Massachusetts Senate President Stanley Rosenberg contrasted his leadership style with that of his predecessors and other Beacon Hill heavyweights during a December 15 interview on campus, arguing that his philosophy of "shared leadership"—with its emphasis on engaging committee chairs and other Senate members in setting the body's agenda—has helped the Senate produce stronger legislation than it might have in a top-down environment.

“Leadership is guiding in my way of doing things, in my view of the world, as opposed to directing,” Rosenberg said.

Globe reporter Joshua Miller and Senate President Stanley Rosenberg examine a photo from Rosenberg's early careerHe made the comments during the sixth LIVE Political Happy Hour, presented by Suffolk University in partnership with the Boston Globe, which took place at Suffolk’s new 20 Somerset Street academic building.

The interview, conducted by Boston Globe reporter Joshua Miller, covered familiar topics such as the state’s ongoing opioid addiction crisis as well as esoteric procedural matters like Joint Rule 10 Day, extension orders, and chambers of origination.

Addiction prevention

Regarding addiction, Rosenberg noted that several measures related to the opioid epidemic already have been signed into law, including a bill criminalizing the trafficking of fentanyl, a deadly synthetic opioid, and funding for treatment programs and overdose-reversing drugs like Narcan.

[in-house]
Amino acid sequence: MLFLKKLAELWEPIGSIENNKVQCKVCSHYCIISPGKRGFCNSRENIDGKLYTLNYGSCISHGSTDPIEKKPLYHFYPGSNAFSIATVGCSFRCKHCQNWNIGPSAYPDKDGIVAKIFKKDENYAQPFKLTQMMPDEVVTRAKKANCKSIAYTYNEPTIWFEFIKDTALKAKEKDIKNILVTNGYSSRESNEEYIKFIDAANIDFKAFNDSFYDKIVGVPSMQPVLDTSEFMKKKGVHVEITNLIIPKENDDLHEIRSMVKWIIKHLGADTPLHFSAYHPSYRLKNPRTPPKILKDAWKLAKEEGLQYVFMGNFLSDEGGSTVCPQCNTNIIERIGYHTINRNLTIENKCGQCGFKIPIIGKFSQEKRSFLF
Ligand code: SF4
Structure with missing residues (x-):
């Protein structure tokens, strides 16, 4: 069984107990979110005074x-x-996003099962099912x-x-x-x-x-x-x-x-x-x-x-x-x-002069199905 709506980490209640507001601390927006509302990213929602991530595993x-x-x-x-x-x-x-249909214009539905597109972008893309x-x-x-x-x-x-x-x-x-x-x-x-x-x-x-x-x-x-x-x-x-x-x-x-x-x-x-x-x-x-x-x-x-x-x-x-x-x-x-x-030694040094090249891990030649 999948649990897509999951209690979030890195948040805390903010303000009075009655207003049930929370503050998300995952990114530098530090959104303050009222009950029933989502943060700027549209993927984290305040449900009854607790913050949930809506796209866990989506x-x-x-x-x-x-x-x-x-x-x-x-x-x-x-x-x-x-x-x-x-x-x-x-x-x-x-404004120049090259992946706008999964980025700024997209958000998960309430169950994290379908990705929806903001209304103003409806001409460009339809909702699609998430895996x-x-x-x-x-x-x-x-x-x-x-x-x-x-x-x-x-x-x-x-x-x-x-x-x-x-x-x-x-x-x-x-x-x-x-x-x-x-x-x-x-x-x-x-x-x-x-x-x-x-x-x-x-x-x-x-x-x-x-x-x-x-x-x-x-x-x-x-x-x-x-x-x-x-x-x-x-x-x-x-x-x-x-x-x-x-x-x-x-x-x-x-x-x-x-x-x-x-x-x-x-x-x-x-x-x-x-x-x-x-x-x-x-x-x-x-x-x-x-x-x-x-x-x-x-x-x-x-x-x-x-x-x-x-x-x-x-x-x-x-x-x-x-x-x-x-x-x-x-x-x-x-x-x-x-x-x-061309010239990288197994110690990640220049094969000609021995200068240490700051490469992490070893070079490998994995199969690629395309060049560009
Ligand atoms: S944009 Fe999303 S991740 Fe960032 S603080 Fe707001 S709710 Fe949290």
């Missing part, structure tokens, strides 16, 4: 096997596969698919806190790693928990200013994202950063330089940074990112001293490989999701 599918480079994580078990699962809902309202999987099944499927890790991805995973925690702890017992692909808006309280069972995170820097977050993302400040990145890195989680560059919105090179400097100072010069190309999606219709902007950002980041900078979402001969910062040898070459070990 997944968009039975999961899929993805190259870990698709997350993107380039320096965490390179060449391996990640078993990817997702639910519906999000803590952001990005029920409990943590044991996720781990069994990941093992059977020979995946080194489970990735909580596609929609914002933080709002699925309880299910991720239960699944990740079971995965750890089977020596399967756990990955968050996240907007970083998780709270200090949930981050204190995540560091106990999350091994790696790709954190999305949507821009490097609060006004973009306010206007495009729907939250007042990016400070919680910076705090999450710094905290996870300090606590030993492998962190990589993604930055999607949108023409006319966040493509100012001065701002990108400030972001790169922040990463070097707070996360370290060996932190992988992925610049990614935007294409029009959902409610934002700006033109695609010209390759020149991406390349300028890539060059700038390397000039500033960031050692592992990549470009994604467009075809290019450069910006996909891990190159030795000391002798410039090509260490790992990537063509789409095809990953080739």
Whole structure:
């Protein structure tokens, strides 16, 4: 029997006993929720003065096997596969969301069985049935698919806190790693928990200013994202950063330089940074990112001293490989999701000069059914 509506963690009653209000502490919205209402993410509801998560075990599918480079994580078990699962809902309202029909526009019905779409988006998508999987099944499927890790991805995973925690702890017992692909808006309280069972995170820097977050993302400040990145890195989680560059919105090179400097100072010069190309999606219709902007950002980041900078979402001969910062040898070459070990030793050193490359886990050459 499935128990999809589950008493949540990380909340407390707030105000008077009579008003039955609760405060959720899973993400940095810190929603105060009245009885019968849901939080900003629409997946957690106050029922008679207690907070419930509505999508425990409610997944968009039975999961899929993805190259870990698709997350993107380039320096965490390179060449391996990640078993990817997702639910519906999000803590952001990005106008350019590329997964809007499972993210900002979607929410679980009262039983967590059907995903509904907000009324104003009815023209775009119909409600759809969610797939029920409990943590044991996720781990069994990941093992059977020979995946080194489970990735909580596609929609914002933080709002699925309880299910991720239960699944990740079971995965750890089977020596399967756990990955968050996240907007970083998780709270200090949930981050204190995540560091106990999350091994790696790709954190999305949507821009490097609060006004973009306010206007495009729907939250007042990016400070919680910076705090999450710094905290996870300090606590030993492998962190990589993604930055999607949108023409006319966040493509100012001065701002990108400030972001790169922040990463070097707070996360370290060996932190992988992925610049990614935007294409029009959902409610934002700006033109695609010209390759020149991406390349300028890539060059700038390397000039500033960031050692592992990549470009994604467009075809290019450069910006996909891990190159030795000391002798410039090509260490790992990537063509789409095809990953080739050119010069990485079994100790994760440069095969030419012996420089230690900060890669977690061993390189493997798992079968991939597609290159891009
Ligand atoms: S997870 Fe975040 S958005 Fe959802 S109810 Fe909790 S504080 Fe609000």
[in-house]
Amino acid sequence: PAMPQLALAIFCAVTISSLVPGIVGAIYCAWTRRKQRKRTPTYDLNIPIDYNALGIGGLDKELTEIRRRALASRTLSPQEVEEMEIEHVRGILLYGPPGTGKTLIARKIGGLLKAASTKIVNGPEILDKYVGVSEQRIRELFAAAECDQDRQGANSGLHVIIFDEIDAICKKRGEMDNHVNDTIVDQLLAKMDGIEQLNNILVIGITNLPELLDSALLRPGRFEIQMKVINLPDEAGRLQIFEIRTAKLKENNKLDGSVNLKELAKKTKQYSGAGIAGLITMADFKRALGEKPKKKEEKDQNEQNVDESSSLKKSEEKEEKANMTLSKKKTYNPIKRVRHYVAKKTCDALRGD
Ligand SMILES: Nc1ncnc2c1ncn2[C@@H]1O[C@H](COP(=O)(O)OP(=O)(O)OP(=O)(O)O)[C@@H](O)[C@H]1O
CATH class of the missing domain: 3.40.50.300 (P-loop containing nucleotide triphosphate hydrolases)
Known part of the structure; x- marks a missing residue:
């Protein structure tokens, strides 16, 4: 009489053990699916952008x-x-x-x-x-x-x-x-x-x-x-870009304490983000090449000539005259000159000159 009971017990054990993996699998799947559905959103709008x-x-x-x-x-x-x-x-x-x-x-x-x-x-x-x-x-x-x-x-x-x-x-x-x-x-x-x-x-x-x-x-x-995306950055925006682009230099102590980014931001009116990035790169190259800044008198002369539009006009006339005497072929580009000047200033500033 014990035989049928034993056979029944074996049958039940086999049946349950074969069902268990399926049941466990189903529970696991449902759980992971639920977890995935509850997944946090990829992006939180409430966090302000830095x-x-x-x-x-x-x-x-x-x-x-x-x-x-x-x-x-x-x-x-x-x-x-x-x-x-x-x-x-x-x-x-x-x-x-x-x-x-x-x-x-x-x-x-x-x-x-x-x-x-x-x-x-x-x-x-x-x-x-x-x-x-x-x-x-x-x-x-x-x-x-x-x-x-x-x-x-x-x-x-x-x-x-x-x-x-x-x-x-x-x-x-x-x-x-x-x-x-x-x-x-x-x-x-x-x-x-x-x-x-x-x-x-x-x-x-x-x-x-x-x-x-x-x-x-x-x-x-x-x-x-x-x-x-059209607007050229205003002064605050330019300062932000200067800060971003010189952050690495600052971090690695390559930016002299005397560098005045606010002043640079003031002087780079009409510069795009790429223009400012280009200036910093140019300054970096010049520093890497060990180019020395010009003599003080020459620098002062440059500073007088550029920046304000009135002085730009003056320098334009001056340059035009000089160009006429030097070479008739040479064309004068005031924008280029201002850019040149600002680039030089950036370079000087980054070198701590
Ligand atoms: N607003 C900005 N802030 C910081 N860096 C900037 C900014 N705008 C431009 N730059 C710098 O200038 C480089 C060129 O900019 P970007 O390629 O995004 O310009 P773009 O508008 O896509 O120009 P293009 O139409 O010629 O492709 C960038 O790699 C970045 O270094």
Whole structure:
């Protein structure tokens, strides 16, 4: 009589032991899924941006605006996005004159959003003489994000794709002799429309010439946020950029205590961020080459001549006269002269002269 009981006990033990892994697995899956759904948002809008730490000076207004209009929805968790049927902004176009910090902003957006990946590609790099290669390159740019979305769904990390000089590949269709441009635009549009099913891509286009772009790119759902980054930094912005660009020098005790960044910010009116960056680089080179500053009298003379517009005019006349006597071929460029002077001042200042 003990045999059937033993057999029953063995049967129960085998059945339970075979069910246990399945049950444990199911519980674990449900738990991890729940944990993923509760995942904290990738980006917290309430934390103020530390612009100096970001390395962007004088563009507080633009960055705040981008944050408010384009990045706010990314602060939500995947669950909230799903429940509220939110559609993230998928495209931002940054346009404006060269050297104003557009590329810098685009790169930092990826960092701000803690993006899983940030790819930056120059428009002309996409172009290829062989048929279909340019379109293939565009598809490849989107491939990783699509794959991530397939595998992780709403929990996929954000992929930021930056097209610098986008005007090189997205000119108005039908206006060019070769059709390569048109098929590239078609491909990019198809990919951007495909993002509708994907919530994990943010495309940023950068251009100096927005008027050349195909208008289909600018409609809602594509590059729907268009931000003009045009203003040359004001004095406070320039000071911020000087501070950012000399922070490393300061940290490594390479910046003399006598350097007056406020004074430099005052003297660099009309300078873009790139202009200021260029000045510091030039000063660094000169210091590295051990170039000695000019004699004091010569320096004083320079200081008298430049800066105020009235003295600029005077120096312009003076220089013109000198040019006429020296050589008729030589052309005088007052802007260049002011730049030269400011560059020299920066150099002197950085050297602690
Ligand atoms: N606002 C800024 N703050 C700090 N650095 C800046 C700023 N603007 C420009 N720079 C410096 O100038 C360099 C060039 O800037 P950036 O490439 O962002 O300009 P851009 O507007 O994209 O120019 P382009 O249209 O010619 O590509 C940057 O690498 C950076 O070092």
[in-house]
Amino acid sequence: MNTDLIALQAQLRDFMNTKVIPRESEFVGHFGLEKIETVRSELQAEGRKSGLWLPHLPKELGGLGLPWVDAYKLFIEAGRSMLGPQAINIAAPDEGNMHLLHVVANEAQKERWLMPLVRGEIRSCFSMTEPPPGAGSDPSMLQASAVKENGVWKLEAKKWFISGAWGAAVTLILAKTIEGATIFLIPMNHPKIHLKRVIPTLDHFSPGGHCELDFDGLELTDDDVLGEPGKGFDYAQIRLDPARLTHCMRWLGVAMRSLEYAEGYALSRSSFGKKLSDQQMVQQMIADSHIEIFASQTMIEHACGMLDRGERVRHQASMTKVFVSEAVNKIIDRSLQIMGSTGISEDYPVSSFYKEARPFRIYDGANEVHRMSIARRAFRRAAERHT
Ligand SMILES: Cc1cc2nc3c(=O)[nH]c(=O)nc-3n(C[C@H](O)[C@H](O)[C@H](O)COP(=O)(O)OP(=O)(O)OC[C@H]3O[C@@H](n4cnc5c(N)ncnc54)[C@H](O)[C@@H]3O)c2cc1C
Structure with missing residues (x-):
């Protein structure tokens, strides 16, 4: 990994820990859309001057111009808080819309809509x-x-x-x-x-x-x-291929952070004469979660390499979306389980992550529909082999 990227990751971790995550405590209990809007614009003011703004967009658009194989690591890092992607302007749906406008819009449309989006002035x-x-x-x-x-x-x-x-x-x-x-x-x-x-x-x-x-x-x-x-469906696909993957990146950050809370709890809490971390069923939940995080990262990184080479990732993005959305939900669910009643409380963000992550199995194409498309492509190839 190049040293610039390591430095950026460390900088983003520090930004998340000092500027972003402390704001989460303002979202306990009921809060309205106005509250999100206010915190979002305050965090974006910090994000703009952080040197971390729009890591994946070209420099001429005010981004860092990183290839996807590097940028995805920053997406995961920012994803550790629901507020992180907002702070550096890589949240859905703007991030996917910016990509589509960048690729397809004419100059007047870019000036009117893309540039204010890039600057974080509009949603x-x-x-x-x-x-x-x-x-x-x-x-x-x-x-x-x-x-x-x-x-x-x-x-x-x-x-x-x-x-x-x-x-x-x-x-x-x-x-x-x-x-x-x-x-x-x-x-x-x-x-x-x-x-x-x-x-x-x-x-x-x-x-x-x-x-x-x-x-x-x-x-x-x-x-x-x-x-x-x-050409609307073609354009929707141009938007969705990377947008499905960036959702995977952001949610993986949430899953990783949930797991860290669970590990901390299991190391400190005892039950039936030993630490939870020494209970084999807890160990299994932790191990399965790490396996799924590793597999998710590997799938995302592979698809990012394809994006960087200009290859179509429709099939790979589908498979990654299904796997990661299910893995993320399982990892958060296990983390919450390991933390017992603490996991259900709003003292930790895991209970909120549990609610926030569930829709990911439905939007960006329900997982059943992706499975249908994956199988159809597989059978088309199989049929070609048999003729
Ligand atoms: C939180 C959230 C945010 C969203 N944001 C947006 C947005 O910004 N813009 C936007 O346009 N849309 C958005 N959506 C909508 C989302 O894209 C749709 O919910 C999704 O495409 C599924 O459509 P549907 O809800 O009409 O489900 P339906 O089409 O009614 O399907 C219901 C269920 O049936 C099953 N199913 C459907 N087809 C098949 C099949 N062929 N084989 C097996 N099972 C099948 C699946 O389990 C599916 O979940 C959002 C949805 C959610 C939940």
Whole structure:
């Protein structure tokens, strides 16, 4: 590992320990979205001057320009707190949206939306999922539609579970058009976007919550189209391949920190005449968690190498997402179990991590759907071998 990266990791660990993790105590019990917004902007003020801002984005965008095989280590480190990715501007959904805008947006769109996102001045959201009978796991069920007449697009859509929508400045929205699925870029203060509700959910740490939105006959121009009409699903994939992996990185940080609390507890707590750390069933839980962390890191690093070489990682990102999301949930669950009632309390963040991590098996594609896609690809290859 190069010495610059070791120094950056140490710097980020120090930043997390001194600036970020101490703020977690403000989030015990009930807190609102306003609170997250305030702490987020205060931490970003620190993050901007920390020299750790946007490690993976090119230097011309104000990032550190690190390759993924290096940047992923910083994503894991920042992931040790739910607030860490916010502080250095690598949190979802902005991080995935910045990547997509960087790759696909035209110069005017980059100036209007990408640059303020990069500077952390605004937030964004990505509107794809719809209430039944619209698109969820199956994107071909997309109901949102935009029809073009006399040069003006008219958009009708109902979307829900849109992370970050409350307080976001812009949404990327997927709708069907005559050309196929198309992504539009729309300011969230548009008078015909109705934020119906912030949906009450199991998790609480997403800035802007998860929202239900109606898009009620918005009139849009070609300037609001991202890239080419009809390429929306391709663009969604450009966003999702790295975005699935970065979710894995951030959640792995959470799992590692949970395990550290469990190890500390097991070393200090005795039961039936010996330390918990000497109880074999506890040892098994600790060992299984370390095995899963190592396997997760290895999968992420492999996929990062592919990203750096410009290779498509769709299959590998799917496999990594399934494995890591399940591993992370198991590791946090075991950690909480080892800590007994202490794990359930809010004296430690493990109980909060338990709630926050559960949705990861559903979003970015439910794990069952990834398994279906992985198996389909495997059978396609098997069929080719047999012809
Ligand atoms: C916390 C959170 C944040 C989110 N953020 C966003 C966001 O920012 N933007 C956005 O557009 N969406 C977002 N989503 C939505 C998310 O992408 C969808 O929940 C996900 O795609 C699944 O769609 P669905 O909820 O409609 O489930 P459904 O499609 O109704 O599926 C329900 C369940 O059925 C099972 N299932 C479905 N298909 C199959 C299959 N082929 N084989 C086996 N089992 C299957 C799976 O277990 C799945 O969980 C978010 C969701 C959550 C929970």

Rosenberg said that both the Senate and Gov. Charlie Baker have turned their attention to preventing addiction, and he noted the importance of "reducing the number of pills in the initial prescription so we can reduce the number of pills on the street." Rosenberg said he was not sure when the House would take up one of the substance abuse prevention bills.

When more contentious topics arose, there was a playful tension between Miller and Rosenberg.

Asked why the supplemental budget that the Legislature passed in October did not include $10.9 million to fund pay raises at the University of Massachusetts, Rosenberg said that he could not say what actually happened—at least not on the record—and teasingly told Miller that it was his job as a journalist to find it out.

Marijuana ballot question

Miller then turned to a topic he has broached during all six LIVE Political Happy Hours: the 2016 ballot question that would legalize marijuana for recreational use. Rosenberg said he feels "conflicted" about the ballot question and has convened a special Senate committee to examine the issue more closely. He said he will consider that committee's research before taking a stance on the ballot question.

Pressed for a clearer opinion, Rosenberg turned the tables on his interviewer.

“Why are you so obsessed about marijuana?” Rosenberg joked. “Is there something we should to know?”

Showing true political skill, Miller dodged the question.

The next LIVE Political Happy Hour, an interview with Congressman Stephen Lynch, will take place in January.